LA County Sees Record Number Lifeguard Rescues

With the heat come the beachgoers and the number of rescues spikes

Unseasonably warm weather since summer has led to a spike in the number of water rescues in Southern California.

Lifeguards in Los Angeles County made nearly 16,000 rescues last year, a record. In Santa Monica alone, lifeguards made 2,605 rescues in 2014. That's a 60 percent jump from 2013 and more than double the number in 2012.

An unusually hot summer and unusually warm winter has sent people flocking to the beach on days they normally don't go.

Swimmers like Philip Pocknell is being extra careful.

"I always try and keep like a marker on the beach, like an umbrella or some sort of landmark on there because pretty soon, after five minutes or so, you can be a hundred yards down the beach," he said.

The ocean has more swimmers but also more risk because of consistent surf, strong rip currents, and unexpected holes, surprising people who think they're on firm footing.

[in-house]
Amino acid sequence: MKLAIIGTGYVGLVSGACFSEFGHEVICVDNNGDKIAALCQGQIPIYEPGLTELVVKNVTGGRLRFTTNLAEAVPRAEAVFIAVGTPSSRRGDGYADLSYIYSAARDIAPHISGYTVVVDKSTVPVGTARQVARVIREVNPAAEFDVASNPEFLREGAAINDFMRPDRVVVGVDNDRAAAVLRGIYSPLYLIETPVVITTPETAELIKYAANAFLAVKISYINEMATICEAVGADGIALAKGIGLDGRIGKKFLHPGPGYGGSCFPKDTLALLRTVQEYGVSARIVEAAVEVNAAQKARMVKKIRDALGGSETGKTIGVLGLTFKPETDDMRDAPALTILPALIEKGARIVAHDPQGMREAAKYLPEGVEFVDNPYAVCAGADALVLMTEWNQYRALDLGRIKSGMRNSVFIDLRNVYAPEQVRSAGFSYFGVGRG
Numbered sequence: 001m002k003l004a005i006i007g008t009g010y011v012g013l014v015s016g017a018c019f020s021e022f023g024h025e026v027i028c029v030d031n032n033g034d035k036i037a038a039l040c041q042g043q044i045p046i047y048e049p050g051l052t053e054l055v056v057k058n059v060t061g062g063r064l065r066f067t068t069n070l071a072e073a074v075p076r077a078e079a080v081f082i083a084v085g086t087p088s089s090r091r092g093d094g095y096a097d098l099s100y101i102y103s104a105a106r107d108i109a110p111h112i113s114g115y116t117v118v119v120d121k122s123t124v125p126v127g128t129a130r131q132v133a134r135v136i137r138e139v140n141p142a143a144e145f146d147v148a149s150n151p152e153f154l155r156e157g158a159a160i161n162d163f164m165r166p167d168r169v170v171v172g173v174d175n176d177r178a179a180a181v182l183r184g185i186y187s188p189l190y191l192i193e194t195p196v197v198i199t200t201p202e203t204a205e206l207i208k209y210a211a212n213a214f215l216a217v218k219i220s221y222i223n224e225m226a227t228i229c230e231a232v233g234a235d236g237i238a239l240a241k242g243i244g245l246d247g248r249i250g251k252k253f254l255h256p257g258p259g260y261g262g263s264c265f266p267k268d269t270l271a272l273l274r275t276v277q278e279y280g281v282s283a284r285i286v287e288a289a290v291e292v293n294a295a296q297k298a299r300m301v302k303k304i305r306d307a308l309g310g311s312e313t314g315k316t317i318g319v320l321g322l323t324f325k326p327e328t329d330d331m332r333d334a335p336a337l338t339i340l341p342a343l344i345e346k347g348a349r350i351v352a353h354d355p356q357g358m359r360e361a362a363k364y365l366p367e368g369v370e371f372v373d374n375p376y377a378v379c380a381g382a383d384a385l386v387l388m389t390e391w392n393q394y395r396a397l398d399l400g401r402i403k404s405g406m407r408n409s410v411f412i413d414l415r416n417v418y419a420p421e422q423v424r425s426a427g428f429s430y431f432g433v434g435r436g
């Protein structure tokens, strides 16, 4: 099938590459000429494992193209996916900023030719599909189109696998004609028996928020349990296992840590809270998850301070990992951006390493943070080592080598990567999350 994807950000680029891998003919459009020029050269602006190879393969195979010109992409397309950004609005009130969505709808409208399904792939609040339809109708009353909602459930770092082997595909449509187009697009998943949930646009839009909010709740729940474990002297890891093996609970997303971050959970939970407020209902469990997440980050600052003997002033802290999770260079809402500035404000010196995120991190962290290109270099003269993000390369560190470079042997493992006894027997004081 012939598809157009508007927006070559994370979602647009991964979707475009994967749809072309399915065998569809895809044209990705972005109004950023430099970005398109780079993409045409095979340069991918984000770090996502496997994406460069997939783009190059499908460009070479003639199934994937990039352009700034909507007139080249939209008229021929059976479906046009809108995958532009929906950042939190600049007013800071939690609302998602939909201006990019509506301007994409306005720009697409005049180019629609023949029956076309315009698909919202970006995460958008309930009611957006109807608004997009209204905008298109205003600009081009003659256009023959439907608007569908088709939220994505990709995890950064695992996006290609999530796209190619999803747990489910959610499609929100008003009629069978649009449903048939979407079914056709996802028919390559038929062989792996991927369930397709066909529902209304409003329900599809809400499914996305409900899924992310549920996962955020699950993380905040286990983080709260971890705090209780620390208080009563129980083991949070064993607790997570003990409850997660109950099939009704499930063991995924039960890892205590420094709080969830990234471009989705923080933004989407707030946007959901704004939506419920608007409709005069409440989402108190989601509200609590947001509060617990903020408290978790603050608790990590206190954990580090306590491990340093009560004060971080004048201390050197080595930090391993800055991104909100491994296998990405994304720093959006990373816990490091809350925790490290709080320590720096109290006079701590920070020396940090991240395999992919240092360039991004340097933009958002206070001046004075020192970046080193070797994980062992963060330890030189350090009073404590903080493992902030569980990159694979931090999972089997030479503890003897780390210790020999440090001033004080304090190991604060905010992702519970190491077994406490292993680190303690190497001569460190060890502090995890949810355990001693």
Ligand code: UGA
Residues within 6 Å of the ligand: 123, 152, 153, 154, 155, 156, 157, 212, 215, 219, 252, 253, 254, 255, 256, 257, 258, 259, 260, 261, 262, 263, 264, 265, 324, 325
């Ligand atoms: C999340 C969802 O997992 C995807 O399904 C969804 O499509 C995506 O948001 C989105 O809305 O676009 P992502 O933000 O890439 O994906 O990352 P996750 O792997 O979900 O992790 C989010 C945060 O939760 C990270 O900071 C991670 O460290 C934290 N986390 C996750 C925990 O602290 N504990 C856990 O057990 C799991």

"There's a lot of holes in the ocean floor," said Capt. Remy Smith, an LA County lifeguard. "People are getting caught into these holes and we have to go get them."

Also increasing are beach violations such as alcohol. There has also been a steady increase in the need for emergency vehicles.

Adding to the challenge are fewer lifeguards patrolling this time of year. A fraction of lifeguards are working compared to summer, when every tower is patrolled, Smith said.

"It's very challenging right now," he said.

That's why lifeguards are asking beachgoers to stay close to a tower where lifeguards are present. And to ask lifeguards about the conditions in the water.

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